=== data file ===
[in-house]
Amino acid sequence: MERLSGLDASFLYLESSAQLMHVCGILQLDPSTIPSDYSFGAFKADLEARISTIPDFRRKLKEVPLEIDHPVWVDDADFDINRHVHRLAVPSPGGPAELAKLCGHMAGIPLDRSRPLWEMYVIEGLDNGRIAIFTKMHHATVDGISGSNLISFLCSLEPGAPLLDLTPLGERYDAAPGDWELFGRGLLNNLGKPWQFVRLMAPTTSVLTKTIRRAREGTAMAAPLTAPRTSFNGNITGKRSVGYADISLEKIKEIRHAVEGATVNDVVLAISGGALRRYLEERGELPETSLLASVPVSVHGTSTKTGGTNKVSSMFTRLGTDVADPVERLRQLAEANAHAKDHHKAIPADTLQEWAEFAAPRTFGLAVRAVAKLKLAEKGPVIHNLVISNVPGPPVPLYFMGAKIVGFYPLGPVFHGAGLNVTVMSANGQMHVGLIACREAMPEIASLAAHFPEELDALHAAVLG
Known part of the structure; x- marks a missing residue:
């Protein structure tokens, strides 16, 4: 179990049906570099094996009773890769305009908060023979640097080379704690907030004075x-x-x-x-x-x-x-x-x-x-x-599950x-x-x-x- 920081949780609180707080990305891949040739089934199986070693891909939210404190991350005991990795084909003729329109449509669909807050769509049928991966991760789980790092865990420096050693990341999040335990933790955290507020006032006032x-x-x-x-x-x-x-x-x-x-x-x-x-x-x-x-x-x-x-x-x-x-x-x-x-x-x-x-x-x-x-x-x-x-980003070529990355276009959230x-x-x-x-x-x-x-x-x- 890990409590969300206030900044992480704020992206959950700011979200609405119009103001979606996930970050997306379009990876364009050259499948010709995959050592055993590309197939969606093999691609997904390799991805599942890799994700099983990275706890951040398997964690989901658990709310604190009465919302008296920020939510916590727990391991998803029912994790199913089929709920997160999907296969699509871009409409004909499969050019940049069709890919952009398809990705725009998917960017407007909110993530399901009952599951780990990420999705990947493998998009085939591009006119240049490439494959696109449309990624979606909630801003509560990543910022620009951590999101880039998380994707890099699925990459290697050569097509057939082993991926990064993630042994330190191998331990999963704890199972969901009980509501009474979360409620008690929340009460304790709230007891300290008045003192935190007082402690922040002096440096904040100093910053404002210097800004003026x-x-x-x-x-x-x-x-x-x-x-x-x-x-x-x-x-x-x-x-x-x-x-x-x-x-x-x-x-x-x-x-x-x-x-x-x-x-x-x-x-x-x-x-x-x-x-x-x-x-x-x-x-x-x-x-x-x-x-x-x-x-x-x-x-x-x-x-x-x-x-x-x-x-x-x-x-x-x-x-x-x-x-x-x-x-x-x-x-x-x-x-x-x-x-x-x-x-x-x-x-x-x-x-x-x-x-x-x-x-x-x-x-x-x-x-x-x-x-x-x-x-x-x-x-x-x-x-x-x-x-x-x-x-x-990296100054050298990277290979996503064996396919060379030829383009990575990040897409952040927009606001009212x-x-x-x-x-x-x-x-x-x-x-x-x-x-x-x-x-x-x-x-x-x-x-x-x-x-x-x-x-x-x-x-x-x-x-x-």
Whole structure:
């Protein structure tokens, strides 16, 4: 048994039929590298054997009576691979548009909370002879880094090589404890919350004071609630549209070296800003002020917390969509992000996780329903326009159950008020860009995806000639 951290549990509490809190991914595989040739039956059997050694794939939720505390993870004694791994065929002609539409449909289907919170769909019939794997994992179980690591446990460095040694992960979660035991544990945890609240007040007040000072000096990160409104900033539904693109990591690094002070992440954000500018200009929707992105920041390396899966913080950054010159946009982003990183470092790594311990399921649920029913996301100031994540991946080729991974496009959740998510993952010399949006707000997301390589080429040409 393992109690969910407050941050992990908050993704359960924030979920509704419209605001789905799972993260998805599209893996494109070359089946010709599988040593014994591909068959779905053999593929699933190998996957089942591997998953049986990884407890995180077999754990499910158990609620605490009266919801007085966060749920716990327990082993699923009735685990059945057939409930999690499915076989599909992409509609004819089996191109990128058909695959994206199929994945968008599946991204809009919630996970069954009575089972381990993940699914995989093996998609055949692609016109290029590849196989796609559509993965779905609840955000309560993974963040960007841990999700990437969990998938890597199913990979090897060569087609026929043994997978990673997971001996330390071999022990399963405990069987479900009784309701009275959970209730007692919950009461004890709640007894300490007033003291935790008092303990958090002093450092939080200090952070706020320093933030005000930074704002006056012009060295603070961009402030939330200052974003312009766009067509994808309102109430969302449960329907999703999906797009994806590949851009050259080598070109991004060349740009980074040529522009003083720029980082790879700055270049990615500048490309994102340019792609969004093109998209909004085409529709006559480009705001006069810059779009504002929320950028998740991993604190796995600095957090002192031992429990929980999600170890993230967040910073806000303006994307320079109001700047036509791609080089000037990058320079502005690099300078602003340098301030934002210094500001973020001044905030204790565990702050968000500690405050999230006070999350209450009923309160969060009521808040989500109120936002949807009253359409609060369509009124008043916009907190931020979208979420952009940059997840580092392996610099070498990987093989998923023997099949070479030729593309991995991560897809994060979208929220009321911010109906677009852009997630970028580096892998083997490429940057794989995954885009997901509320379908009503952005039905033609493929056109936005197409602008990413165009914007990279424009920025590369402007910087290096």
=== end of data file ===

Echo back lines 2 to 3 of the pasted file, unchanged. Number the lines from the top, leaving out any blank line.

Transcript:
Amino acid sequence: MERLSGLDASFLYLESSAQLMHVCGILQLDPSTIPSDYSFGAFKADLEARISTIPDFRRKLKEVPLEIDHPVWVDDADFDINRHVHRLAVPSPGGPAELAKLCGHMAGIPLDRSRPLWEMYVIEGLDNGRIAIFTKMHHATVDGISGSNLISFLCSLEPGAPLLDLTPLGERYDAAPGDWELFGRGLLNNLGKPWQFVRLMAPTTSVLTKTIRRAREGTAMAAPLTAPRTSFNGNITGKRSVGYADISLEKIKEIRHAVEGATVNDVVLAISGGALRRYLEERGELPETSLLASVPVSVHGTSTKTGGTNKVSSMFTRLGTDVADPVERLRQLAEANAHAKDHHKAIPADTLQEWAEFAAPRTFGLAVRAVAKLKLAEKGPVIHNLVISNVPGPPVPLYFMGAKIVGFYPLGPVFHGAGLNVTVMSANGQMHVGLIACREAMPEIASLAAHFPEELDALHAAVLG
Known part of the structure; x- marks a missing residue: